- In Tharaka Nithi County, communities are reshaping their adaptation strategy by embracing a unique breed of goats, the Galla that is more resilient.
- The Kenya Network for Dissemination of Agricultural Technologies collaborated with the locals and national governments to empower the rural farmers.
Local communities in Kenya are adapting to climate change through different approaches in order to mitigate its harmful effects demonstrated most visibly through frequent cycles of drought.
In Tharaka Nithi County, communities are reshaping their adaptation strategy by embracing a unique breed of goats, the Galla that is more resilient to the changing conditions.
It is also commonly referred to as the Boran or Somali goat. This breed has two main sub-types, the Degyir and Degun.
The goats are docile and easy to handle unlike their cousins, the East African goat.
According to Simon Topisia, Veterinary officer, KENDAT, they have a programme aimed at empowering rural farmers in the county.
“The Galla goat is a strong breed of goat that has a reputation for surviving droughts thanks to its higher resistance to opportunistic diseases that eliminate ordinary goats due to weakening body immune system. Compared to ordinary goats living among the communities in Kenya, the Gallabreed boasts higher yield of milk,” says Topisia.
The Kenya Network for Dissemination of Agricultural Technologies (KENDAT)collaborated with the locals and national governments to empower the rural farmers.
“Our campaign is aimed at boosting climate adaptation among the arid and semi-arid communities by empowering them to embrace Galla goatbreed, which has a high yield return compared to other breeds,” said Eston Murithi, KENDAT, CEO.
KENDAT has organized the farmers into self-help groups where they sensitized on the value of their goats, these groups are made up of 26members in which 16 are women.
The Kamarandi self-help group is one of those that have benefited from KENDAT initiative.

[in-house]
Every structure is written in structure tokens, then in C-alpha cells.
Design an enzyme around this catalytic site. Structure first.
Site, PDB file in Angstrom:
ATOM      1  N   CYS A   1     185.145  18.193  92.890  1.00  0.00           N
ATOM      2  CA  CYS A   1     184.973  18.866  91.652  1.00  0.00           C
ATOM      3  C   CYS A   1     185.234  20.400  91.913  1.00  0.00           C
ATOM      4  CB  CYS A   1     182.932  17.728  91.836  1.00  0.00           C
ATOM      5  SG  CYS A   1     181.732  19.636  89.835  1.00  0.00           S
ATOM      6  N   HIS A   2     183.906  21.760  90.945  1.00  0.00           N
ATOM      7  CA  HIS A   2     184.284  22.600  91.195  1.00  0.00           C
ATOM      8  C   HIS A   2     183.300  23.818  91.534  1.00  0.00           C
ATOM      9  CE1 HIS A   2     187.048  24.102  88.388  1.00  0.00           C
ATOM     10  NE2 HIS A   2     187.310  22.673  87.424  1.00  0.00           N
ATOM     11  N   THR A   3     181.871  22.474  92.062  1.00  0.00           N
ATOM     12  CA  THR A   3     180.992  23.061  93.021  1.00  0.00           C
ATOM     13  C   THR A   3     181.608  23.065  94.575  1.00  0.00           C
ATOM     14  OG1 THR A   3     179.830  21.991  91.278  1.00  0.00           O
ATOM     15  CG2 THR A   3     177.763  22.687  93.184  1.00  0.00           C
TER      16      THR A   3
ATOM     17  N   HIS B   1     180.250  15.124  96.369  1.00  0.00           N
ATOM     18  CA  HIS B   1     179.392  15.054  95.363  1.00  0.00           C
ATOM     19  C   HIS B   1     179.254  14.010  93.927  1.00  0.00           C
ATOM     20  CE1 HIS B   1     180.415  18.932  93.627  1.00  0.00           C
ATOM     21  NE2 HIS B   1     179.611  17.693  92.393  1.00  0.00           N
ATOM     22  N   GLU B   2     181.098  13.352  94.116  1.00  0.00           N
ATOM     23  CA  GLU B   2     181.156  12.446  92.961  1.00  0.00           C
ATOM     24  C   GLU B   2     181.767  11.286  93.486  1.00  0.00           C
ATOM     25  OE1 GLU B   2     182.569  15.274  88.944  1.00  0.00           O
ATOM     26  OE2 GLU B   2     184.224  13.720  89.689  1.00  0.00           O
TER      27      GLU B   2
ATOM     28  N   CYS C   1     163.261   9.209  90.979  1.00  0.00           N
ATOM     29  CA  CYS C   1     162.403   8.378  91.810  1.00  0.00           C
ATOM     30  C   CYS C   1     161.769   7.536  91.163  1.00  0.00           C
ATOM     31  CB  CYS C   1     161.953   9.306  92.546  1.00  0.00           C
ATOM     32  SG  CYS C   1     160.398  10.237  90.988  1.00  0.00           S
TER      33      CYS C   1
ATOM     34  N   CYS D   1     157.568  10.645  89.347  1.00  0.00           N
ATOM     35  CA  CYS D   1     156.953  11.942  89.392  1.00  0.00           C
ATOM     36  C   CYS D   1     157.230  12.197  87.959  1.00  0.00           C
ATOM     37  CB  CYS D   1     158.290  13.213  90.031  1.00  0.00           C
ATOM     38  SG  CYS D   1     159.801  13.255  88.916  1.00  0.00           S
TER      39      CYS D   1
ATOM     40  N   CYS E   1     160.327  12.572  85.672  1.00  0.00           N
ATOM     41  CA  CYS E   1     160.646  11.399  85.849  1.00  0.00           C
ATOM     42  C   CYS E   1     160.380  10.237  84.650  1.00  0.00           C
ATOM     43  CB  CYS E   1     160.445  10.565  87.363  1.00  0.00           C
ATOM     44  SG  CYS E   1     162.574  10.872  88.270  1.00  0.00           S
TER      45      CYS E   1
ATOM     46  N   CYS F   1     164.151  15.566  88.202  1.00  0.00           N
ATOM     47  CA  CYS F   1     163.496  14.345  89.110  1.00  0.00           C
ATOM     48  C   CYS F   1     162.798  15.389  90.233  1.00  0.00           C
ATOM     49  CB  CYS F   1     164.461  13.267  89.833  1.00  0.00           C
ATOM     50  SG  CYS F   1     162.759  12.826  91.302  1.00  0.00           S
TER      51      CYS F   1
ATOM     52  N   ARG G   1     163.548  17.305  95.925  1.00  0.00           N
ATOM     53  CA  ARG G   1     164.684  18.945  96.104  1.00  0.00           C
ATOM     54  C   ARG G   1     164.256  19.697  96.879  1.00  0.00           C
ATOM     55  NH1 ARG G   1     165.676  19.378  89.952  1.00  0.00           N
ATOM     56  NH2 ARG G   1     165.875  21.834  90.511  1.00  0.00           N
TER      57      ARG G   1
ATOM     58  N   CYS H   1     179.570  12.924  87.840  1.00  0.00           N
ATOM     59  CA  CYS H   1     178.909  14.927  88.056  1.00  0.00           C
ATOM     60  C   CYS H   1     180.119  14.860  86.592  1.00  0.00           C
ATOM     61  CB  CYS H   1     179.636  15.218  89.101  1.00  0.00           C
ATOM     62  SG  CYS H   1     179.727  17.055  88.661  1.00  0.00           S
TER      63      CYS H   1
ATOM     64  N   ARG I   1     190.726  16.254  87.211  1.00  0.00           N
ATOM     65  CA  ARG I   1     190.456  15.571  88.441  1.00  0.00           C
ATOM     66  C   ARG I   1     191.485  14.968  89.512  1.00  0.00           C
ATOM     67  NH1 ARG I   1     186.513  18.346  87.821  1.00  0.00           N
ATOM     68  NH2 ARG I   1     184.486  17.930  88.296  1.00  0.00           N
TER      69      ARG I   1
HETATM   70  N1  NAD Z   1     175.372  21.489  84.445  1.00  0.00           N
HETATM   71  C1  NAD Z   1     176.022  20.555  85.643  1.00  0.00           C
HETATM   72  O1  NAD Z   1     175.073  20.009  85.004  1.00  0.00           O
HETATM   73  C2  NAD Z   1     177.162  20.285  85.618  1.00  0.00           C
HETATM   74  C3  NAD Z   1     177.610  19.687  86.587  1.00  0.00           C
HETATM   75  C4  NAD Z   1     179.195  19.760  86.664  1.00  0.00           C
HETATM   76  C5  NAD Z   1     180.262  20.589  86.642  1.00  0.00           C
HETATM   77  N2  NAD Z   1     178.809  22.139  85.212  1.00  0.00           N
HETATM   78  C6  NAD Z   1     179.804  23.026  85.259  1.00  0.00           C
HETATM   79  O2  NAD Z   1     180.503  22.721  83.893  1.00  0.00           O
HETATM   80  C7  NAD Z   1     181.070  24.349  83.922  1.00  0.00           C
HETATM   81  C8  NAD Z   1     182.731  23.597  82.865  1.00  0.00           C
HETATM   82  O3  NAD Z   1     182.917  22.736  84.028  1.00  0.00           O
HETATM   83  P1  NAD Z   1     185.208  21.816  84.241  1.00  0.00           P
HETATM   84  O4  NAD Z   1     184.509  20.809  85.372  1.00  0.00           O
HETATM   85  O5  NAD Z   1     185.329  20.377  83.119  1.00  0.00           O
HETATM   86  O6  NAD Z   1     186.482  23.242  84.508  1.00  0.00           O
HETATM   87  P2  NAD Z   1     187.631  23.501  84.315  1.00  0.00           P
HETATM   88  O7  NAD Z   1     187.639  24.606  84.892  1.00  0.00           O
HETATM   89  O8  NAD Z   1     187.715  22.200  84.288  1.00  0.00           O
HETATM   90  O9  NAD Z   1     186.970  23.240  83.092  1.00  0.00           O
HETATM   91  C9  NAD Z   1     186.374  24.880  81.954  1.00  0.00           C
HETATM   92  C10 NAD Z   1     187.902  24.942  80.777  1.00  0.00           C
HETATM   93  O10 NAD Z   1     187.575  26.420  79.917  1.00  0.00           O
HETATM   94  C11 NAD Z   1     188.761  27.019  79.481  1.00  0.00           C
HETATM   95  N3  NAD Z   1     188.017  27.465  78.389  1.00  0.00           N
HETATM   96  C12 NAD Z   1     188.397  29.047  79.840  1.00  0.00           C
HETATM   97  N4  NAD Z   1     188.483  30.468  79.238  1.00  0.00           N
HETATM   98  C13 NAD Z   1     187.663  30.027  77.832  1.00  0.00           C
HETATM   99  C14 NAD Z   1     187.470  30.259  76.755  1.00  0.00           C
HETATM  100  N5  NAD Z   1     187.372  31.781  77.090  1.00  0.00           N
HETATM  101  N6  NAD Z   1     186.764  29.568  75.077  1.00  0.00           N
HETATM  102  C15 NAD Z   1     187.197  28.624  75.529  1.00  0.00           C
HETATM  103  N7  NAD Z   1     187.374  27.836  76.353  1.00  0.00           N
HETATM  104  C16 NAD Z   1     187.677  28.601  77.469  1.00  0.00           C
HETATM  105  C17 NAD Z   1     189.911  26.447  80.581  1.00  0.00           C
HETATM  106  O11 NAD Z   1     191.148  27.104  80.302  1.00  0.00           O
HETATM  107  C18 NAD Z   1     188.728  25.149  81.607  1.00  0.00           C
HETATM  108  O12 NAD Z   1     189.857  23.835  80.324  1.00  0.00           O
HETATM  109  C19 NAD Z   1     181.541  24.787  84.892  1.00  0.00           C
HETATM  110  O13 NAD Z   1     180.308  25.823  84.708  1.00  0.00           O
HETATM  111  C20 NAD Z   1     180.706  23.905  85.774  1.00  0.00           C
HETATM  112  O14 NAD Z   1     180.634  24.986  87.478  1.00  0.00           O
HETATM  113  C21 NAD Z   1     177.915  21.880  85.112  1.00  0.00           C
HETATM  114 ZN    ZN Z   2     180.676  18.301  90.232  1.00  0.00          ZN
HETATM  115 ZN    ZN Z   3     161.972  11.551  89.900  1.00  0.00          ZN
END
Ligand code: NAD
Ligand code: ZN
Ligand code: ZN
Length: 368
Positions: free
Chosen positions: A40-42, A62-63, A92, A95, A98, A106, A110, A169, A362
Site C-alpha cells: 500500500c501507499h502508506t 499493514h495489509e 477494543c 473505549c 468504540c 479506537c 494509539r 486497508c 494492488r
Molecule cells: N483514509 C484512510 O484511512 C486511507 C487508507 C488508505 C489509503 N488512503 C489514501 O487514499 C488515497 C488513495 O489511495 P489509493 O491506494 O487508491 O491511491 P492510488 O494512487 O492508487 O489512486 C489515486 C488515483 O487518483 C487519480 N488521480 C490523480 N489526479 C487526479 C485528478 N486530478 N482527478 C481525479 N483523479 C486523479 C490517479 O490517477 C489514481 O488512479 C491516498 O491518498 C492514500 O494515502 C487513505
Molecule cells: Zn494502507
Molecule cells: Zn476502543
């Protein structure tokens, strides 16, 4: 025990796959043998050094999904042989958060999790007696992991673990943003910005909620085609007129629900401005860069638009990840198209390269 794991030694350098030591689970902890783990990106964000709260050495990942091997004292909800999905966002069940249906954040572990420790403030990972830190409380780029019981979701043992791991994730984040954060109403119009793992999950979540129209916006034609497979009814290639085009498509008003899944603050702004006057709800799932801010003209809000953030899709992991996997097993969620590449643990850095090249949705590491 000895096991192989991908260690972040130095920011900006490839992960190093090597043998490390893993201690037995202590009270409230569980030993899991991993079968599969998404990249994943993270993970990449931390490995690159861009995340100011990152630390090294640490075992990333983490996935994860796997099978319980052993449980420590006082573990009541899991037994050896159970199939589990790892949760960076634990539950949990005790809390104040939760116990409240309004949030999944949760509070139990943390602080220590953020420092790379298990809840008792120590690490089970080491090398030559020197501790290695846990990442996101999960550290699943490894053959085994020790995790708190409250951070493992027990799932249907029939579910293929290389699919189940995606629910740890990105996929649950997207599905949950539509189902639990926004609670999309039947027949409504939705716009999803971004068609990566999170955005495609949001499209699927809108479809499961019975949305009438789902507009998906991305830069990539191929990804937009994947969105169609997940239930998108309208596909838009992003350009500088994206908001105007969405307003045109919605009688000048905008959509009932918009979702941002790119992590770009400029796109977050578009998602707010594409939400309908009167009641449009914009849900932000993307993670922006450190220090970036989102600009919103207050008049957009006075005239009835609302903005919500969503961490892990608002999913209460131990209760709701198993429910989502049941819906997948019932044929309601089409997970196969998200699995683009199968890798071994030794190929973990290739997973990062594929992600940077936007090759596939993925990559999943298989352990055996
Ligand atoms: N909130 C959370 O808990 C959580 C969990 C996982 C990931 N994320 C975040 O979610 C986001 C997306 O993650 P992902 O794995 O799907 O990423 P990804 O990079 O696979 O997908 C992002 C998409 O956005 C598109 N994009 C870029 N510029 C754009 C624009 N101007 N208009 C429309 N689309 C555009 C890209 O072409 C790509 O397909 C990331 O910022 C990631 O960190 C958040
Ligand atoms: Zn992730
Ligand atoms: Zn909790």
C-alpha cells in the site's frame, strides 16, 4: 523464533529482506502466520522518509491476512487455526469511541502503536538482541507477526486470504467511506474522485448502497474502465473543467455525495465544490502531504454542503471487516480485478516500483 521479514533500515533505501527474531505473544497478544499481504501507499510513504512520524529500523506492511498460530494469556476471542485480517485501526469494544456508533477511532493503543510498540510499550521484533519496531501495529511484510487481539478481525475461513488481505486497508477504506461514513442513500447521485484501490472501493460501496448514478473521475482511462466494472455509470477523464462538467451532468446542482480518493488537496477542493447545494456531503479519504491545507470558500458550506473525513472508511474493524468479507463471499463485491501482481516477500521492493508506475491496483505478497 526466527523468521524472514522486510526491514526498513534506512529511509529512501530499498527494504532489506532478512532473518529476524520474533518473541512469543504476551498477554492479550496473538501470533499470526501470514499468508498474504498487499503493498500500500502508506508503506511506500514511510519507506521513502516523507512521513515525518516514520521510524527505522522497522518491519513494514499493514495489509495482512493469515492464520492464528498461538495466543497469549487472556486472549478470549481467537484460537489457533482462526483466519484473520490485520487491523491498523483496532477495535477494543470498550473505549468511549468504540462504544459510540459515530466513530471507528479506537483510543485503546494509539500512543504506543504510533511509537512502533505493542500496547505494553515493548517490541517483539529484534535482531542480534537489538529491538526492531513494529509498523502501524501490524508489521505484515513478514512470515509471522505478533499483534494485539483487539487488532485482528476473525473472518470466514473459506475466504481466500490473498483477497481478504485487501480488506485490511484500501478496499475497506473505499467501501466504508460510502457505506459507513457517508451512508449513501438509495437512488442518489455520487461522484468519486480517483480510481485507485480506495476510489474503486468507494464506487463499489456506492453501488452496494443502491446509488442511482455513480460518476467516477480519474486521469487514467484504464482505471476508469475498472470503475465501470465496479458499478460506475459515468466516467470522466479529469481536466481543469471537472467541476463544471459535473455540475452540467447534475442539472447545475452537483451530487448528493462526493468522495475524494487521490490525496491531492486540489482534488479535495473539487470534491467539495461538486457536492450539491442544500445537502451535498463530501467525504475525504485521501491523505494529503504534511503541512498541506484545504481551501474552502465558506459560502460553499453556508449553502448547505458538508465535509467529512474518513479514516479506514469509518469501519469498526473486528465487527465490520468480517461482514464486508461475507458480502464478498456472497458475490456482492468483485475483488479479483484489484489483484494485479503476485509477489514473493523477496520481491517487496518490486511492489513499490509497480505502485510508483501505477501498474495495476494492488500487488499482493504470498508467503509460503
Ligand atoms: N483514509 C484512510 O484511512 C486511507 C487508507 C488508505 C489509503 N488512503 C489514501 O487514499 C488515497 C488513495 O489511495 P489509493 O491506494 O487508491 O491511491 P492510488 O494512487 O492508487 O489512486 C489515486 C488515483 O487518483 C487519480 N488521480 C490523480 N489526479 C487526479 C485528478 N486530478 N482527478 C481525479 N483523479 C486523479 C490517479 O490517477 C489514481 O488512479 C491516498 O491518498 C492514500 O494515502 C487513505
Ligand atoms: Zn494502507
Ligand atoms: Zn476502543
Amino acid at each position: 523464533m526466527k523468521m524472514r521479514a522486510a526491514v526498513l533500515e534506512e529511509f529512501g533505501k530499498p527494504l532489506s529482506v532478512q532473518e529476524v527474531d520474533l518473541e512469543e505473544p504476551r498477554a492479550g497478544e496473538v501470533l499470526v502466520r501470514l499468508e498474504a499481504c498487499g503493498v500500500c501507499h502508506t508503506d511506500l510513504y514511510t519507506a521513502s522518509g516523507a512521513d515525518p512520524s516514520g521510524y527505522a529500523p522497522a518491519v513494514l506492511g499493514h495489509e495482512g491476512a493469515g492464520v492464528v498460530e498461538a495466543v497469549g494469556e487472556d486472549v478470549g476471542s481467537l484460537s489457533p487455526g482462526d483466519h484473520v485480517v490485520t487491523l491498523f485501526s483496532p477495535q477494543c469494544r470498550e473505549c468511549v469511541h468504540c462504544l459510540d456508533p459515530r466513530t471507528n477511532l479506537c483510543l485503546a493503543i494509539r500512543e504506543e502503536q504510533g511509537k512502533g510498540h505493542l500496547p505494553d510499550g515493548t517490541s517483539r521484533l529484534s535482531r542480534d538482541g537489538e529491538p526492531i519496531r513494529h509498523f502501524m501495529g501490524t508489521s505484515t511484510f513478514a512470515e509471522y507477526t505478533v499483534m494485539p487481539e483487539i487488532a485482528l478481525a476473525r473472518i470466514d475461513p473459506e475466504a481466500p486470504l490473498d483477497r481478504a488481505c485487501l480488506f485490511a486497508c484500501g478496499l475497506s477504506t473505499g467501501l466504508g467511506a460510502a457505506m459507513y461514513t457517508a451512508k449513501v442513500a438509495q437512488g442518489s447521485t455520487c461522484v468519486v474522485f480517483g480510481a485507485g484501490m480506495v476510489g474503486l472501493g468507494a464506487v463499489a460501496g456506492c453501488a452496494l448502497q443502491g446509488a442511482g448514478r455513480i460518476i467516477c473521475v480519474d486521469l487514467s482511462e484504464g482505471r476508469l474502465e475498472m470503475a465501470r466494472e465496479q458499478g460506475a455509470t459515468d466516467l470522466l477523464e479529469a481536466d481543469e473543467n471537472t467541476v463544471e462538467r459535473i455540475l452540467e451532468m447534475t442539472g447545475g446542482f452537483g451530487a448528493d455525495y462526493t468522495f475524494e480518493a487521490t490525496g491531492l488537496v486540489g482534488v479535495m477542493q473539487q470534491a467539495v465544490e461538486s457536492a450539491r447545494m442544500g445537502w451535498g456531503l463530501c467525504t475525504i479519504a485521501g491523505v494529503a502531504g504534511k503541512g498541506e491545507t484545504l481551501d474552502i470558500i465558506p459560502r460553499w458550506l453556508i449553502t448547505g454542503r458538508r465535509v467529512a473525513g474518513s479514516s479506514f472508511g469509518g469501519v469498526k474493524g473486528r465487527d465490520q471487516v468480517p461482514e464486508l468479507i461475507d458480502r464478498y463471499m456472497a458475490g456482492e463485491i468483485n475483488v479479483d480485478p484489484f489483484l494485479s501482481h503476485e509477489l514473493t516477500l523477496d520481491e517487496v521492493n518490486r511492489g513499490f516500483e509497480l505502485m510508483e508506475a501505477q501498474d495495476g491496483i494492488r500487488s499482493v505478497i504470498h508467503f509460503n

“We have been trained on goat breeding techniques such as fodder banking where that our goats have feed during the dry season. Our members each have at least 20 - 60 goats that they breed at home and they have a continuous source of income that enables them to care for their families,” said Daniel Njeru, chairman of the Kamarandi self-help group,
Since the inception of the group in 2015, they have been able to transform their lives as narrated by Jane Gacheri, treasurer of the group.
“Initially when we were practicing small scale farming we were not reaping much and we had struggle to pay school fees for our children. But when I joined this group I was offered a loan in form of a Galla goat which I bred and today I have 12 goats which makes me earn between Sh20,000 - 40,000” she said.
Her sentiments are affirmed by Moses Rubane, a member of the group who recently praised the Galla goats during our interview.
“The Galla goats mature into adults at around six months, half-a-year sooner than the local breeds. That means faster reproductive cycles. More breeding and fast maturity means more goats, and more goats means more money,” says Rubane.
The goats, along with other climate-smart farming activities, have brought more food to the table to these rural farmers within the county.
A recent survey done by the World Bank Group in arid and semi-arid regions in Kenya reveals that of 139 households found that 81 percent suffered upto two ‘hunger months’ a year, with families eating just one or even no meals a day.
That number has now dropped to 23 per cent with the introduction of Galla goat among communities in these regions.
“Our partnership KENDAT in training of the locals on the importance of goat rearing has really transformed the lives of many households in this county,”said James Mathenge, Livestock Expert from the National Government who is based in Marimanti Sheep and Goat station within the county.